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I think I've found a MUCH faster way to copy bitmaps in c#. (If it's valid, I'm sure I wasn't the first but I haven't seen it anywhere yet.)

The simplest way I can think to ask this is to assert what I based my idea on and if no one shoots holes in it, assume the idea is sound:

    void FastCopyRegion(Bitmap CopyMe, ref Bitmap IntoMe, Rectangle CopyArea)
    {
        //`IntoMe` need not be declared `ref` but it brings
        //   attention to the fact it will be modified
        Debug.Assert(CopyMe.PixelFormat == IntoMe.PixelFormat,
           "PixelFormat mismatch, we could have a problem");
        Debug.Assert(CopyMe.Width == IntoMe.Width,    //This check does not verify
           "Stride mismatch, we could have a problem");// sign of `stride` match
        BitmapData copyData = CopyMe.LockBits(CopyArea,
            ImageLockMode.ReadWrite, CopyMe.PixelFormat);
        IntoMe.UnlockBits(copyData);
    }

1) LockBits simply copies a block of pixel data out of a bitmap to fixed memory to be edited and copied back in using UnlockBits

2) Using LockBits does not affect the copied memory block so it should have no effect on the image copied from.

3) Since you never enter unsafe code, there should be no risk of corrupting memory.

Possible holes I see:

1) If the PixelFormats of the two bitmaps are different, this method may not always copy correctly. However, since LockBits requires specifying a pixelformat, it seems this is handled. (If so, hooray for that overhead the other 99.9% of the time we're not switching pixelformats! /EndSarcasm)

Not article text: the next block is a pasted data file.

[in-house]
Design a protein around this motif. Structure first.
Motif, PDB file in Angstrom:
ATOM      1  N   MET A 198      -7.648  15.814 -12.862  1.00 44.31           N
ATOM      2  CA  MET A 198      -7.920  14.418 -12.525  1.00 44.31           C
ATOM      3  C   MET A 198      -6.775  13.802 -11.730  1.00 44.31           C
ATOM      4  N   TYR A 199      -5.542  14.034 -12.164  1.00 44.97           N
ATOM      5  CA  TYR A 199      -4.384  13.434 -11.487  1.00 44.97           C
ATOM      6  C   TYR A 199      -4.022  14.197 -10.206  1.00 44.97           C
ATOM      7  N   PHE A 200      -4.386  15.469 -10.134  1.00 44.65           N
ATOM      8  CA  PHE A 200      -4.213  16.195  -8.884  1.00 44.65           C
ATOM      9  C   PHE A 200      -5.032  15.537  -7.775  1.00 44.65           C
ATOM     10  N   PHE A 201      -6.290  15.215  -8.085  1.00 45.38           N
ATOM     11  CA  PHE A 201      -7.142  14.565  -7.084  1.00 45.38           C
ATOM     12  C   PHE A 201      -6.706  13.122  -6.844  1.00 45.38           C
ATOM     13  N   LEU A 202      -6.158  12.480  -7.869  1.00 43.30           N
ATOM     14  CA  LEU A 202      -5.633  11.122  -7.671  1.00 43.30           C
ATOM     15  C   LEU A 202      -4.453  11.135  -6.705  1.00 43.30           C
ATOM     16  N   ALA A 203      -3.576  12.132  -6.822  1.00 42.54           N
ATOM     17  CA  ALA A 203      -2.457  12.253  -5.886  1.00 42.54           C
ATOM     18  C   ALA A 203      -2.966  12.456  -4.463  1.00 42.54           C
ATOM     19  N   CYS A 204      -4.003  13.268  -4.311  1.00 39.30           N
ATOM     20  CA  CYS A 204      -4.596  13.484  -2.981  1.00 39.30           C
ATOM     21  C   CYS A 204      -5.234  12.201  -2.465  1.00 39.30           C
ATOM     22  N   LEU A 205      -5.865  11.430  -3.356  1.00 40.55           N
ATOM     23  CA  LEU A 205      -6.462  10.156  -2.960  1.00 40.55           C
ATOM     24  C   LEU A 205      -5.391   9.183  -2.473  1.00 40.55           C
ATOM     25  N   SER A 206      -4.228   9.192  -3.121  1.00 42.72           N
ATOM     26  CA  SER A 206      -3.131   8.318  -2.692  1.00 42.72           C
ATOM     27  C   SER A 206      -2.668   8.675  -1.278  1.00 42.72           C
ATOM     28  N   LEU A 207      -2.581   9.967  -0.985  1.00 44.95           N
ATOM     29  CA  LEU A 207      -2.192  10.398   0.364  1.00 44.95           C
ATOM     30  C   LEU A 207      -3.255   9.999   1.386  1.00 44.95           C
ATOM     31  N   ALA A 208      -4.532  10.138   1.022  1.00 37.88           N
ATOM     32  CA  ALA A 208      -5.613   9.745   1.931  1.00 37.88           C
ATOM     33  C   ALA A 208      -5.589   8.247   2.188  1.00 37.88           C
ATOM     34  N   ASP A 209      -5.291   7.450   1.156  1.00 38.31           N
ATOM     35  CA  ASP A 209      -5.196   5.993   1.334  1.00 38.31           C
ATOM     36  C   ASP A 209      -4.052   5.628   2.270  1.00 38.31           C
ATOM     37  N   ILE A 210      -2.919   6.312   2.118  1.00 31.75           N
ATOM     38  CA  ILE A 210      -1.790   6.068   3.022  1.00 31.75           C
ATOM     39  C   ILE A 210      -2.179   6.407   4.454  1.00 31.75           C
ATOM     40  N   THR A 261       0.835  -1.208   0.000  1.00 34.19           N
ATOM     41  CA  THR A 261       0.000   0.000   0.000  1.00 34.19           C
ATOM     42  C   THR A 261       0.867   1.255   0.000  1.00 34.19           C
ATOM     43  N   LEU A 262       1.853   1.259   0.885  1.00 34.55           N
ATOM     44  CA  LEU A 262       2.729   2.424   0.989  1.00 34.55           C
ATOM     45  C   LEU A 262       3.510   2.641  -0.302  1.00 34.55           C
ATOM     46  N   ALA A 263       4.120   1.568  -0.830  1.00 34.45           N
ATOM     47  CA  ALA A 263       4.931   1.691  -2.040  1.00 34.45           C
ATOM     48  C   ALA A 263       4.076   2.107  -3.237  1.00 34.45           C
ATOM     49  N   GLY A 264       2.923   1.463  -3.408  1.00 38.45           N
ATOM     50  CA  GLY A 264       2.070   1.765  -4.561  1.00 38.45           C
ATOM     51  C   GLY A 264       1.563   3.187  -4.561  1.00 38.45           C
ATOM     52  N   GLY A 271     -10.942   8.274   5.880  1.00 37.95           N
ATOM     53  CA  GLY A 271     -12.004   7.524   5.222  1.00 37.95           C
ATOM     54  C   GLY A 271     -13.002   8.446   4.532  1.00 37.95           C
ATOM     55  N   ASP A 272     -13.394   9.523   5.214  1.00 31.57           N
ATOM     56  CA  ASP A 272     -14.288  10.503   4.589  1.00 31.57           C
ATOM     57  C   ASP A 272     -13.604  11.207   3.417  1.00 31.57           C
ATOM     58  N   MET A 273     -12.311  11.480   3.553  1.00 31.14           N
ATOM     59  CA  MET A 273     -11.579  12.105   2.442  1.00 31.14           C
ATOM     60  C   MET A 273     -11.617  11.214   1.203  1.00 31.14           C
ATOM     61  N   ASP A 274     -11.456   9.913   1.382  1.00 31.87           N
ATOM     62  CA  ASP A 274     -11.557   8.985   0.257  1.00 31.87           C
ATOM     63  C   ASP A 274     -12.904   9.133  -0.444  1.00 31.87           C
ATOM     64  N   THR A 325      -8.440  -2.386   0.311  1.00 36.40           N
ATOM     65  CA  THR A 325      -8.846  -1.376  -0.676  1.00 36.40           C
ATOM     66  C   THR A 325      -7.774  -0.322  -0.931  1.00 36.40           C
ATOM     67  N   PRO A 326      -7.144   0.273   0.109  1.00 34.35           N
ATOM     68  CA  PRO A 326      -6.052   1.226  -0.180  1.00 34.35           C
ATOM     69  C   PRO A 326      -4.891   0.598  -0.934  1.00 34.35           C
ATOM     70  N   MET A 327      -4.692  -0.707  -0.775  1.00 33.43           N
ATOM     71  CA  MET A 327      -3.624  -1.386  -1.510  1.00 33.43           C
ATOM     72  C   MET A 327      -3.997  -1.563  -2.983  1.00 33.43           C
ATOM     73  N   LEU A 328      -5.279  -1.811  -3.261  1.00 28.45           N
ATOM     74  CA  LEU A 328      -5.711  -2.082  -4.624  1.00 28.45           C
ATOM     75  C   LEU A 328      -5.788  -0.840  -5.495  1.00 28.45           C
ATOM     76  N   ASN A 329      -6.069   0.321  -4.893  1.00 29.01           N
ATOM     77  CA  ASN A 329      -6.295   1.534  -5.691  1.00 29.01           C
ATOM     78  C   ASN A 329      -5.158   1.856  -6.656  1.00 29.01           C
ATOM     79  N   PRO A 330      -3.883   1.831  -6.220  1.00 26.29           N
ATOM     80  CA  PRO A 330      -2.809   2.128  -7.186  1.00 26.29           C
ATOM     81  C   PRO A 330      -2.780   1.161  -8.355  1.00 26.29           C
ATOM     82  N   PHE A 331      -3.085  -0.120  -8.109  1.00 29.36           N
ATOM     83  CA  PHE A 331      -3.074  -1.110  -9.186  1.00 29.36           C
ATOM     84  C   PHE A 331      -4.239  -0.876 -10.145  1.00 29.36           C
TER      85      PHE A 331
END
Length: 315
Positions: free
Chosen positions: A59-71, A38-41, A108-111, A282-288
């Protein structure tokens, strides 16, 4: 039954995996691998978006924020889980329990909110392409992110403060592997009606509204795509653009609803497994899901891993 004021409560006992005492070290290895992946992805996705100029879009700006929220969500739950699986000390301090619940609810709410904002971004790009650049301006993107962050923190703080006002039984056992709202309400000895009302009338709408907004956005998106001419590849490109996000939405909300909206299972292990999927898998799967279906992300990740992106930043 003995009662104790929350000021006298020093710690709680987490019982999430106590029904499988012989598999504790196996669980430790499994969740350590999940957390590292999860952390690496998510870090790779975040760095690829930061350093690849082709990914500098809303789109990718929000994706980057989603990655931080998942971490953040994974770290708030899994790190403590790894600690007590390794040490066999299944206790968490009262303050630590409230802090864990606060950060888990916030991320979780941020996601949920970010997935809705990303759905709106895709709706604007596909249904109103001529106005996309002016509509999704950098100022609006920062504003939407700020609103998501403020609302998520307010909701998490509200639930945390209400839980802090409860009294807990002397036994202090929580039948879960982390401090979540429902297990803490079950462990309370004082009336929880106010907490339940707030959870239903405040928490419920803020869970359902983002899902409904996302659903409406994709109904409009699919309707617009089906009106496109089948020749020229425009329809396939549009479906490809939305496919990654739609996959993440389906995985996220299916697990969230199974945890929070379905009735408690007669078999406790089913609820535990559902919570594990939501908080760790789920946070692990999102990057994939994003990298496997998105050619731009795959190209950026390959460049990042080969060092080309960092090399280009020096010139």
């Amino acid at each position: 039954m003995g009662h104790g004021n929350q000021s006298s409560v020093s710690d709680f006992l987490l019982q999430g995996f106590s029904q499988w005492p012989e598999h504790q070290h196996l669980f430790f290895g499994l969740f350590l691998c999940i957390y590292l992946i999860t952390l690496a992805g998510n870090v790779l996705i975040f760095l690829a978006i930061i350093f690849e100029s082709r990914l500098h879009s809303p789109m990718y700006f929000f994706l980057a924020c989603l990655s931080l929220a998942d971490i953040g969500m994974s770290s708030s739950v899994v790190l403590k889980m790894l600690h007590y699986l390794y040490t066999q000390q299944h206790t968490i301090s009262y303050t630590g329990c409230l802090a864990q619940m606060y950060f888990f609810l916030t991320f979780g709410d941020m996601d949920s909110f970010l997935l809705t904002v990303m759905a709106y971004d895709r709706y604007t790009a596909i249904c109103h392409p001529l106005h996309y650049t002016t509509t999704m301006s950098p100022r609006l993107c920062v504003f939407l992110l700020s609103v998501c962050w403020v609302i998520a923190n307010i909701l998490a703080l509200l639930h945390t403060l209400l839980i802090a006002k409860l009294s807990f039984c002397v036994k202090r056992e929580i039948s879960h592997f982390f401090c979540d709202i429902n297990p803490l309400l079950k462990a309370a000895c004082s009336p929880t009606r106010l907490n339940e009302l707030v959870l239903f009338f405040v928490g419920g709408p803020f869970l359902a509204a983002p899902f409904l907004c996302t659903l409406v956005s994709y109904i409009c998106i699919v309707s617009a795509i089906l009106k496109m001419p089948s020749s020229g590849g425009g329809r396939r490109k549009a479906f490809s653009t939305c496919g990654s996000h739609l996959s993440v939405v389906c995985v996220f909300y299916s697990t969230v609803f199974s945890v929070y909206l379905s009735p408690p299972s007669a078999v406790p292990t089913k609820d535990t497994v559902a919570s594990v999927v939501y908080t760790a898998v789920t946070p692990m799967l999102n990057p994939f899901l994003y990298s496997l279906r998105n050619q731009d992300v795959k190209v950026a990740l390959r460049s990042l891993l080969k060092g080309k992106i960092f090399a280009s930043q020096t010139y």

2) If the stride of the two bitmaps doesn't match, there could be a problem (because stride is the outer for loop's incrementor in the copy operation.) This problem would limit copying to bitmaps with equal stride.

Edit: I think assertion #2 must be wrong... I just found an error when trying to later access the bitmap passed through CopyMe. Workaround below, but I'm not sure if it leaves a block of fixed memory lying around. (memory leak alert!)

    void FastCopyRegion(Bitmap CopyMe, ref Bitmap IntoMe, Rectangle CopyArea)
    {
        //`IntoMe` need not be declared `ref` but it brings attention to the fact it will be modified
        Debug.Assert(CopyMe.PixelFormat == IntoMe.PixelFormat, "PixelFormat mismatch, we could have a problem");
        Debug.Assert(CopyMe.Width == IntoMe.Width, "Width mismatch, we could have a problem");
        BitmapData copyD = IntoMe.LockBits(CopyArea, ImageLockMode.ReadWrite, CopyMe.PixelFormat);
        BitmapData copyData = CopyMe.LockBits(CopyArea, ImageLockMode.ReadWrite, CopyMe.PixelFormat);
        CopyMe.UnlockBits(copyData);
        IntoMe.UnlockBits(copyData);
    }
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  • 5
    Forget the question, I don't understand the pun?! Commented Feb 7, 2013 at 15:00
  • @LukeHennerley Normally if you're going to use LockBits, you'd follow it with unsafe code to directly access memory. I'm using LockBits and not doing unsafe code.
    – AppFzx
    Commented Feb 7, 2013 at 15:01
  • 3
    This is fairly typical, GDI+ has pretty lousy exception reporting in general and is apt to delay its revenge. Use Bitmap.Clone() instead. Commented Feb 7, 2013 at 15:21
  • 1
    There already is such a method, written in unmanaged code with highly optimized direct access to the bitmap bits. It is called Graphics.DrawImage(). It is only slow when you force it to convert the pixel format or scale the image. Commented Feb 7, 2013 at 16:47
  • 2
    @HansPassant I just realized this question has no answer but it's been hit 109 times. Want to combine your comments to an answer and I'll accept? I ended up going with your suggestion of Graphics.DrawImage()
    – AppFzx
    Commented Apr 2, 2013 at 20:45

1 Answer 1

3

Use Bitmap.Clone() instead. GDI+ tends to not report exceptions and the resulting bugs will be very hard to track.

A very fast way to copy images into a bitmap is with Graphics.DrawImage() as long as you don't convert pixel format or scale the image.

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